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Vol. 7, No. 2: October 19, 2000

UW System to Provide Educational and Career Support to Migrant Workers and their Families

by Jennifer Smith, TTT Editor

"Reach Out," a new UW System program that will receive major funding from the U.S. Department of Education, aims to raise the educational achievement and academic and employment horizons of migrant farm workers and their families. As the recipient of a four-year, million-dollar grant through the federal Learning Anytime Anywhere Partnerships (LAAP) program, "Reach Out" will be implemented through the cooperation of UW System Administration, the La Crosse, Oshkosh, and Stevens Point campuses, UW-Extension, the UW Colleges, and United Migrant Opportunity Services (UMOS). Each year, "Reach Out" will benefit more than 2,000 families online and up to 100 more participants through summer programs.

Salvador Carranza, Senior Institutional Planner in the UWS Office of Multicultural Affairs, emphasizes that the program will benefit not only adult migrant workers, but also their high-school-age children. As he explained, these teens often fall behind their grade level due to their parents' work cycles. Students are frequently uprooted from their schools before the year is over in the spring, and they begin late in the fall. "Reach Out" will provide these high schoolers with a combination of online educational activities and a face-to-face experience in the summer, when they will attend an academic day camp at a UW campus. The campus experience will personalize the program for students and prepare them for online studies that will be conducted via NovaNET, an online education provider. The on-campus academic programs will focus on reinforcing skills in fundamental areas like English and math. UW faculty members and college students will teach these two- to four-week programs. Some campuses will have special learning activities; for example, UW-La Crosse has a Mississippi River summer program in which students gain more direct experiences in biology and environmental education.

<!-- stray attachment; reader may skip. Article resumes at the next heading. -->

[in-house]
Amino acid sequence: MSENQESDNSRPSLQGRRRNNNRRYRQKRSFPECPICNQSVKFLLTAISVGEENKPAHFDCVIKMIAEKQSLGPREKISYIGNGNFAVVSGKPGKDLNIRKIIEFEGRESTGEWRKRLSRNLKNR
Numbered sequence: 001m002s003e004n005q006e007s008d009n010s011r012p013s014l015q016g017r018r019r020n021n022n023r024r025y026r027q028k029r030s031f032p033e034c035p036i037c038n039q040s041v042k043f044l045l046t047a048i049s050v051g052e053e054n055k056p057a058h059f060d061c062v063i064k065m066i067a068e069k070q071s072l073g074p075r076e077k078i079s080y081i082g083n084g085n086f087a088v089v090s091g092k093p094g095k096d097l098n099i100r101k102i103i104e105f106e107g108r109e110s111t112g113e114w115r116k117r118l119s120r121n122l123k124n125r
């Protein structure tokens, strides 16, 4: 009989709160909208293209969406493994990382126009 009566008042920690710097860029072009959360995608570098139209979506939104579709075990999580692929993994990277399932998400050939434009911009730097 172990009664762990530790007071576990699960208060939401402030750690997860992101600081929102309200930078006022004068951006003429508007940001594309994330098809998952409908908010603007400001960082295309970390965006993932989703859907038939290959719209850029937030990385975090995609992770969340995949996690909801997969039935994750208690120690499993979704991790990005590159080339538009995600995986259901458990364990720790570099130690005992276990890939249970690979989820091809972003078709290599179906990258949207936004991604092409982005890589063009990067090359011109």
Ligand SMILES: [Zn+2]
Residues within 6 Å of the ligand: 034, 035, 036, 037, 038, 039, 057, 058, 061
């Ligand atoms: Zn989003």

Adults will be able to take advantage of online career exploration activities that may be accessed year-round. For some, this may be a stepping stone to online coursework. Adults will also be able to share the experience of learning online with their children. To build computer skills and make the transition to learning online easier, families will be paired with faculty mentors from the UW Colleges. These mentors will serve as liaisons, helping with problems and providing support and encouragement to program participants. Mentors can be reached online year-round.

To access the distance-learning components of "Reach Out," migrant farm workers and their families will have access to computer labs both at the campsites where they reside while in Wisconsin and at their worksites. The computers will be provided by United Migrant Opportunity Services (UMOS), an organization with which the UW System has worked closely in order to bring this program to fruition. UMOS will also provide technical advice and staff support services. Program participants will also have access to computer labs during the part of the year they do not reside in Wisconsin. It is the hope of the workers' employers and the Midwest Food Processors Association, another partner in the program, that with improved job skills, migrant workers will be able to move into more skilled, permanent positions with their companies.

Looking ahead, Sal Carranza commented that he hopes "Reach Out" can be expanded to provide educational resources for Wisconsin's Native American reservations and Hmong communities. In fact, he is already discussing these possibilities with the Wisconsin Indian Education Association. The first few years of "Reach Out" for migrant workers will provide valuable information about what services participants need and how well the initiative is working. These lessons could then be transferred to other versions of the program.

Carranza credits numerous colleagues in the UW System with helping make "Reach Out" a reality. Tess Arenas, Assistant Vice President for Academic Affairs in the Office of Multicultural Affairs, issued the mandate to devise programming that would benefit children of migrant workers in Wisconsin. Recently-retired UWS Senior Vice President for Academic Affairs David J. Ward was quick to offer System support. Carranza credits Miguel Berry of UMOS for providing sage advice on what sort of programming would work best for migrant families. Bob Kirsling from UMOS, Al Thompson and Barbara Stewart of UW-La Crosse, Ron Strege and Wayne Sorenson of UW-Stevens Point, Muriel Hawkins and Irma Burgos of UW-Oshkosh, and Nora McGuire of UW Colleges were also instrumental.

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